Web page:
The clicker also really, really helps with training issues like delayed gratification. Many people when they first start training their dog have a bad habit of not having treats readily available to reward the dog. So, while the person understands what is being rewarded, often the dog doesn’t because he has already moved on. This is why there is a whole class of dogs that seem to ‘not be trainable.’ It’s just they don’t know how to get the reward or they think they are doing the right thing (How many times have you seen a dog do a skill but be rewarded for something else entirely because the person wasn’t ready to reward?).
Where to Take Clicker Training from HereClicker training is really making its way into various avenues of dog training, and it can be applied to just about anything. I’ve heard of police K-9 trainers incorporating it into aspects of training, and I’ve known plenty of people to apply it to agility work and obedience. I even heard of one individual using it for his bird dog to teach him how to correctly point.
Keep in mind that clicker training is used for NEW skills. This means that once your dog reliably (80%) of the time understands the concept (i.e. you say Sit, and he sits), you move onto to just praise rather than a click.
Now, clicker training is valuable in a couple of other areas beyond just teaching the new skills. I have a dog that is not terribly confident, and I retained this for him longer than normal and in new locations so that he did remember that he knew how to do it. It really helped with his overall self esteem and confidence.
Additionally, clickers are extremely valuable in breaking down a very complex behavior into smaller parts. Then you gradually increase the criteria for the click and reward so that the dog gradually progresses towards the end goal. There are lots of ways to use this, but the one I personally think of is with service dogs.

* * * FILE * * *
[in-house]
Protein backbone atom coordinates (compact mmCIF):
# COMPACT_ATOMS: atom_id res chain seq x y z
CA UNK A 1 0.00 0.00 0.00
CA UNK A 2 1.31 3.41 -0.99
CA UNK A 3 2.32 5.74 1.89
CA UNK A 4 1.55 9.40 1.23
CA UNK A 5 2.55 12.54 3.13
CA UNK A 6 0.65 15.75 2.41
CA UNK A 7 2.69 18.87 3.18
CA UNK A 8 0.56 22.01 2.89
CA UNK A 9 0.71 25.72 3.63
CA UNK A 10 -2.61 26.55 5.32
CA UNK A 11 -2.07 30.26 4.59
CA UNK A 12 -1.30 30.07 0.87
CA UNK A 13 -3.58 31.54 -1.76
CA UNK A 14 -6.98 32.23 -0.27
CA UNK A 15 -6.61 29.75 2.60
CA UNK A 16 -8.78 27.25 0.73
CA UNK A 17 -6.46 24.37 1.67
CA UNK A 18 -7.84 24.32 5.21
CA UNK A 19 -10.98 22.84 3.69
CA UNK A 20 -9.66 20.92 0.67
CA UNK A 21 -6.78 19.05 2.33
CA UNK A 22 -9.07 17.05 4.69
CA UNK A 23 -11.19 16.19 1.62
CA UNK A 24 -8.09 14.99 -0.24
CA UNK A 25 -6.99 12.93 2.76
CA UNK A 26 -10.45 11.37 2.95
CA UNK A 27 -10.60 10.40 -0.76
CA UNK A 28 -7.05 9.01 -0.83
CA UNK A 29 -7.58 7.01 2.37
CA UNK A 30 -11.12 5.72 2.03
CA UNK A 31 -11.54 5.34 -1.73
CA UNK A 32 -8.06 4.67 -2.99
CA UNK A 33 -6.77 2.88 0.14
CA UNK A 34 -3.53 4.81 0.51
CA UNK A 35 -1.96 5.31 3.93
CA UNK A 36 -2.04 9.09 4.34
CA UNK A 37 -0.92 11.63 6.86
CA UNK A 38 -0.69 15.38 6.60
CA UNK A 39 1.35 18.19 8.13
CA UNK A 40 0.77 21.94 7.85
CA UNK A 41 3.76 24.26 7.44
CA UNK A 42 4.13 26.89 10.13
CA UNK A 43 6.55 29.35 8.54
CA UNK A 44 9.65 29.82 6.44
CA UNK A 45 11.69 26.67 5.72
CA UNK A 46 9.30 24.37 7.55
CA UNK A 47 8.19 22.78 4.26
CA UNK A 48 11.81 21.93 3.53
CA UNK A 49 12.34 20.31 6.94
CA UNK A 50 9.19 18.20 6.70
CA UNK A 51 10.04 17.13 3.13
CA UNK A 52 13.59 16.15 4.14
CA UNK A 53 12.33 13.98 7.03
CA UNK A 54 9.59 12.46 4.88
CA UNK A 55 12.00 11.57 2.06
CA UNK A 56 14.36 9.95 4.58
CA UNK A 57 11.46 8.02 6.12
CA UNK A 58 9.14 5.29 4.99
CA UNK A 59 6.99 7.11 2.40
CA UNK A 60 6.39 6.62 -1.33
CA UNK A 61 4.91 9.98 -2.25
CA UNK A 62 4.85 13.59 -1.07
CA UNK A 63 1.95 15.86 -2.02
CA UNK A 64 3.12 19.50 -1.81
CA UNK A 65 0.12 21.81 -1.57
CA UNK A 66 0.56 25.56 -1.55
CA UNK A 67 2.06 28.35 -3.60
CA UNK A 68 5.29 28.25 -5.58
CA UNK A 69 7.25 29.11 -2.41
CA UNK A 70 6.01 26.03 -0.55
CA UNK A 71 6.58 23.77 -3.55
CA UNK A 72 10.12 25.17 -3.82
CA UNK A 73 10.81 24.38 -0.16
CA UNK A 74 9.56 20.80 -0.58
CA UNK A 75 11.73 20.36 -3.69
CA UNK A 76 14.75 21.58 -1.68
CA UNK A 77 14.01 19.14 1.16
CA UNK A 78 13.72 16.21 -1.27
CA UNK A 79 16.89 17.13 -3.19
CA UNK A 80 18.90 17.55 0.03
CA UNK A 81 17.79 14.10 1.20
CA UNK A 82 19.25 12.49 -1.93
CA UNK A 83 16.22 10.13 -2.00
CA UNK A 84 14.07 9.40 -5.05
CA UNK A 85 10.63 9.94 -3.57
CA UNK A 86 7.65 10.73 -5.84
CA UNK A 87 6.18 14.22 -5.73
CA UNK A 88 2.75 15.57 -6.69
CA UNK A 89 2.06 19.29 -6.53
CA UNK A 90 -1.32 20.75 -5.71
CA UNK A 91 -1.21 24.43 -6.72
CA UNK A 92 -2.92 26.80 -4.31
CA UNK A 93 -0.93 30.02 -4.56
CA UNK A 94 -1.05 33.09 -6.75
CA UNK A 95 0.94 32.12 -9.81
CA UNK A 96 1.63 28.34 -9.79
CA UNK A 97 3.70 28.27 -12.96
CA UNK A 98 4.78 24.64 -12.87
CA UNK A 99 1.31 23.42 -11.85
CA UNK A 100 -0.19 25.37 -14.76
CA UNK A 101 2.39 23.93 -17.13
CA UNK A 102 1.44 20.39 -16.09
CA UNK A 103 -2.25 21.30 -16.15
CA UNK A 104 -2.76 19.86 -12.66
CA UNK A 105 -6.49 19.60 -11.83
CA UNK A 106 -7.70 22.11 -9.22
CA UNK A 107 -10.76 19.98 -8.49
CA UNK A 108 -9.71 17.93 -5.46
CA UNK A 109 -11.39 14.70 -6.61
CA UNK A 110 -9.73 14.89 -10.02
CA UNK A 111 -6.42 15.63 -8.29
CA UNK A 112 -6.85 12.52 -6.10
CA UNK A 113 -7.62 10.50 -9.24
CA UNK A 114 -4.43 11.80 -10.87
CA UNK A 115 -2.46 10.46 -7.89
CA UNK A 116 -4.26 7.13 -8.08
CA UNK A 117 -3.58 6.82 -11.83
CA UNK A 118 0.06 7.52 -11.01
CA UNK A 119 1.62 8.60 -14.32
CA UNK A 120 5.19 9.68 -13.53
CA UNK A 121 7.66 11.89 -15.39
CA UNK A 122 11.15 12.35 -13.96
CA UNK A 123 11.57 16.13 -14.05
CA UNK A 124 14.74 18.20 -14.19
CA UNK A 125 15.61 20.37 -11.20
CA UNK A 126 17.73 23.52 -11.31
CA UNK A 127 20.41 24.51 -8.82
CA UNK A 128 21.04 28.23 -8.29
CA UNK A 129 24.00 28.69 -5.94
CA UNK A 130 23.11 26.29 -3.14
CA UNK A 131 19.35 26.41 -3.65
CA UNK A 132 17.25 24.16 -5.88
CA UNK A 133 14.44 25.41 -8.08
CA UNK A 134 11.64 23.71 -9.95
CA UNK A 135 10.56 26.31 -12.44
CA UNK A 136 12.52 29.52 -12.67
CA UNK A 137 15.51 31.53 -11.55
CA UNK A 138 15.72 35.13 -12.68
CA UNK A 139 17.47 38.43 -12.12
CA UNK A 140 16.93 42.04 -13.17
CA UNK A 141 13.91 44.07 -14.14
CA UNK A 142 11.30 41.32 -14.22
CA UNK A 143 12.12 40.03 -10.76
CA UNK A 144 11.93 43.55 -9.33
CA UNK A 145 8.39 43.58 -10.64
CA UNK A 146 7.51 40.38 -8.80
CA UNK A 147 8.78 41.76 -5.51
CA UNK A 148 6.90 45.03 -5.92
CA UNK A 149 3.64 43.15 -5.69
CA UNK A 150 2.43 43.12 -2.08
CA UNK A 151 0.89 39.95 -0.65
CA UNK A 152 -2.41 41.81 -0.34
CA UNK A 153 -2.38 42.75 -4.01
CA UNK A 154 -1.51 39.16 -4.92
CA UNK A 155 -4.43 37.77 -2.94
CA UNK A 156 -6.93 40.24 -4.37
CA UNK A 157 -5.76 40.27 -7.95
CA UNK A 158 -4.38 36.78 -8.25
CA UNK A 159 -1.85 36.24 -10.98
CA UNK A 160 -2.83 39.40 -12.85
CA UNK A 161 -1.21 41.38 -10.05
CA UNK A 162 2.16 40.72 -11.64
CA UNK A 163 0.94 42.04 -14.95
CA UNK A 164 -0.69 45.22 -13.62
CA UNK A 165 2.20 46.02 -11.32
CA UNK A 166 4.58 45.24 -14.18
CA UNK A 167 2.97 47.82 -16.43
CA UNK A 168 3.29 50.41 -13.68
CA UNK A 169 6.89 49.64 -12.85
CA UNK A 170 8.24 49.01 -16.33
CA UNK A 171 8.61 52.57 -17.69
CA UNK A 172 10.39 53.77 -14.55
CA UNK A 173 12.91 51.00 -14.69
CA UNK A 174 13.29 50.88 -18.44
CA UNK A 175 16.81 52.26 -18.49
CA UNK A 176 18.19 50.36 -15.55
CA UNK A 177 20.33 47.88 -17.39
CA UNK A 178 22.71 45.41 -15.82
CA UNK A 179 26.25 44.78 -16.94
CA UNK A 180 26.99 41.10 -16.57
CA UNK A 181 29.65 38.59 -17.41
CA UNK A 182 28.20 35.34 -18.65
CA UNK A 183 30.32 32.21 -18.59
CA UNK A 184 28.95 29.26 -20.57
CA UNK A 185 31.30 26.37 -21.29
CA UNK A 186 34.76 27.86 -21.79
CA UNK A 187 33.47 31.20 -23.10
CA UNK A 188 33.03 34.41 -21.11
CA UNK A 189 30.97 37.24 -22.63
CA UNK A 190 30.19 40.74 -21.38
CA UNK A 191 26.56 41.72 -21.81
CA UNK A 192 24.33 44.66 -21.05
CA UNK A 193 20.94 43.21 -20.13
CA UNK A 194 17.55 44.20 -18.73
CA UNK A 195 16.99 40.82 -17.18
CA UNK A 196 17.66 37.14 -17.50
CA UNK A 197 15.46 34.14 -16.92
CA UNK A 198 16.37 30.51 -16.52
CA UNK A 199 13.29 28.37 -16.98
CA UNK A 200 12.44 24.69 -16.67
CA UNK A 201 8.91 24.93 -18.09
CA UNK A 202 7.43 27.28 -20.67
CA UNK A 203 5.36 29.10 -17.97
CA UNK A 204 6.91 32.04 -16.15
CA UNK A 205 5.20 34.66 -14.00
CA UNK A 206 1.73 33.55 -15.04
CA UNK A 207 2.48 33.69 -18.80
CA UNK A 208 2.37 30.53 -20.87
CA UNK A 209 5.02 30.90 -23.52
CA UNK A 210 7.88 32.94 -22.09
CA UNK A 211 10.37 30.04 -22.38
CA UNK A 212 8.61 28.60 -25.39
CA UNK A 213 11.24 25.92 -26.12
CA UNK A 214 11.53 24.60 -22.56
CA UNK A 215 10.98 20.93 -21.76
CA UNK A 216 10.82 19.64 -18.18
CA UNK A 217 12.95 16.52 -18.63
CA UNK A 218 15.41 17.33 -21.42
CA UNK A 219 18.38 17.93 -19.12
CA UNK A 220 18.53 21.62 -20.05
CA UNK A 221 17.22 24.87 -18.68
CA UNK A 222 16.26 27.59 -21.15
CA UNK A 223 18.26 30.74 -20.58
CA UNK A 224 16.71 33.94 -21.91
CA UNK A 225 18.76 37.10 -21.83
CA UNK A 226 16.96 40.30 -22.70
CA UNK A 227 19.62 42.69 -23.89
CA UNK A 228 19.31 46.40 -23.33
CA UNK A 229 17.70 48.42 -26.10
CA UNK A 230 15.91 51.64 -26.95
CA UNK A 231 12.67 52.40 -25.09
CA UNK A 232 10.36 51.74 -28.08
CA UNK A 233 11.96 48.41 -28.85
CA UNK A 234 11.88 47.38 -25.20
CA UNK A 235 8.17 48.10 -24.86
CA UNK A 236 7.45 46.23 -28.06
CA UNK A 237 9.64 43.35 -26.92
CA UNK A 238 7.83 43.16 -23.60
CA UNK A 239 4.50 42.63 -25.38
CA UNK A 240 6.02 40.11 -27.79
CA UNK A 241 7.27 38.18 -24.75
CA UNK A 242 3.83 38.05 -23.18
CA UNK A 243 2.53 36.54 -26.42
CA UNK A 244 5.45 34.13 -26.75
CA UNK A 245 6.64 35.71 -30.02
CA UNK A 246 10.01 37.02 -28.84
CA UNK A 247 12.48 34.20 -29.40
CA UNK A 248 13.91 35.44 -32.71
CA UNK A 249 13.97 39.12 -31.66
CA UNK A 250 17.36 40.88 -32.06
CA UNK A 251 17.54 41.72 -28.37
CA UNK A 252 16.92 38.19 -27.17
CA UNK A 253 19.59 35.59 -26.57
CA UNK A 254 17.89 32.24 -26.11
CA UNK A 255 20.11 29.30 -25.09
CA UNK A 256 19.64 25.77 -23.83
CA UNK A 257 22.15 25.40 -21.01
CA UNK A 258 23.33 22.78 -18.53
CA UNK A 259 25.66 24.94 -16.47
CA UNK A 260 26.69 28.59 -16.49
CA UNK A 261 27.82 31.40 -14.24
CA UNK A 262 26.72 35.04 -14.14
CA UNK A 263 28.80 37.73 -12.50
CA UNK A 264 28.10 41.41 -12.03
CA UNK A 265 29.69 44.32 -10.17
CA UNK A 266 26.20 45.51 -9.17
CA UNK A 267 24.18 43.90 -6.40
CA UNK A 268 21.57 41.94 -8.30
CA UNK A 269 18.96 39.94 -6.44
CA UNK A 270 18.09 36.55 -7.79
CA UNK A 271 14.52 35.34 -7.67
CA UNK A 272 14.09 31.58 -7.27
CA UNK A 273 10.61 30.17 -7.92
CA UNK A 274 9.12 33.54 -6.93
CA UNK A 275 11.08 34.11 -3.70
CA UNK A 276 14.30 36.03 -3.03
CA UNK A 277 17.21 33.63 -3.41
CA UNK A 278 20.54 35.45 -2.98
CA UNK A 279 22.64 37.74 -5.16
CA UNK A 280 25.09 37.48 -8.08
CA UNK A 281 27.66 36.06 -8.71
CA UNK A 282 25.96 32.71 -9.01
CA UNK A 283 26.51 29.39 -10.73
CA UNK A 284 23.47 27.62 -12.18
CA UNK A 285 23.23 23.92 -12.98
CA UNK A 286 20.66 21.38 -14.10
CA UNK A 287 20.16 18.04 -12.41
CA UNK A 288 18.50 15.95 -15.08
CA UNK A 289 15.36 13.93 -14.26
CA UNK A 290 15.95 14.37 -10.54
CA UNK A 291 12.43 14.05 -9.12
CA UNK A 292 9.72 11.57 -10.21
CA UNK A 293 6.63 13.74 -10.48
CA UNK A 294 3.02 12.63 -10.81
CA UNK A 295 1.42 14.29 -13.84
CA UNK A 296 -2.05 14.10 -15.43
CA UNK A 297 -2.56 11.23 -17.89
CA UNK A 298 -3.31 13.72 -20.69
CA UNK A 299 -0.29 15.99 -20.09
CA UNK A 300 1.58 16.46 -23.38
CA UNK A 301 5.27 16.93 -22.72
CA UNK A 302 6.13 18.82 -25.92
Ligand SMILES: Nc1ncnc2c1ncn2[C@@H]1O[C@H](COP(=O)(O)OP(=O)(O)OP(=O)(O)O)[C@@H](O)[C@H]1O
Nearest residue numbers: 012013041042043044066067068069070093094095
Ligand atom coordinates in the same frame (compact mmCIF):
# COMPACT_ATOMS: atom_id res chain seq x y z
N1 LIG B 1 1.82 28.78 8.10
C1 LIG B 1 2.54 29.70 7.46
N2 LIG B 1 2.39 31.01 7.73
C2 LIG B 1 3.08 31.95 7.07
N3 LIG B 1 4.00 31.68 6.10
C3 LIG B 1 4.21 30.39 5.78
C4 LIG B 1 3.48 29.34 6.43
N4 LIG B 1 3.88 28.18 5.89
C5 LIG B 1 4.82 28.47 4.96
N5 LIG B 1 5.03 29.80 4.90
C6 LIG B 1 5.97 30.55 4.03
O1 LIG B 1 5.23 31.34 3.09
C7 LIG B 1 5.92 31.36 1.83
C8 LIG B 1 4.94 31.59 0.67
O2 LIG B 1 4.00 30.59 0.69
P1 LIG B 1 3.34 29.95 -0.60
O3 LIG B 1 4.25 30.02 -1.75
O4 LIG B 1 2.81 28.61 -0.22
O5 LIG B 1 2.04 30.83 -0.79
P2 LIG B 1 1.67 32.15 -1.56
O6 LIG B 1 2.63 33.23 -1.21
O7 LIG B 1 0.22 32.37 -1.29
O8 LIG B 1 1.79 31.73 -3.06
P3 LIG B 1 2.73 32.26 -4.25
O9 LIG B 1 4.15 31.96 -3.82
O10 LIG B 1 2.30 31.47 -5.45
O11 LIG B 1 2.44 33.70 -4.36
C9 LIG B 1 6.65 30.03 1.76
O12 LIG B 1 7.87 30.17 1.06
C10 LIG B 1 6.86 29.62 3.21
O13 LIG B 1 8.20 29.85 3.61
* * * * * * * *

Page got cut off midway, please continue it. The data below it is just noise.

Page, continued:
This is used for teaching all of the complex behaviors. It is all taught using approximation. You capture the dog’s behavior at approximations of what you are looking for. For example, if I want to teach a dog to turn on a light switch on a wall, I would first teach a dog how to stand up on a wall. Then, separately, I would show the dog a light switch I could hold in my hand. You can start by clicking the dog for coming to investigate. That moves to touching the light switch, nosing the light switch, and then eventually hitting it up. Once a dog can do one approximation well, you simply move the dog to a harder, more complex level. It just varies how long it takes before you proceed to the next level. Before you know it, you are combining the dog’s turning on of a light switch with getting up on a wall to do so. It’s truly amazing how the clicker works for something like this!
Why Clicker Train?Hopefully you see some of the benefits already, but I think one of the main reasons is that it simply makes training your dog easier. It helps alleviate the dog’s frustration, but it helps alleviate your training frustration too! Plus, it really does an excellent job of establishing a way to communicate with your dog.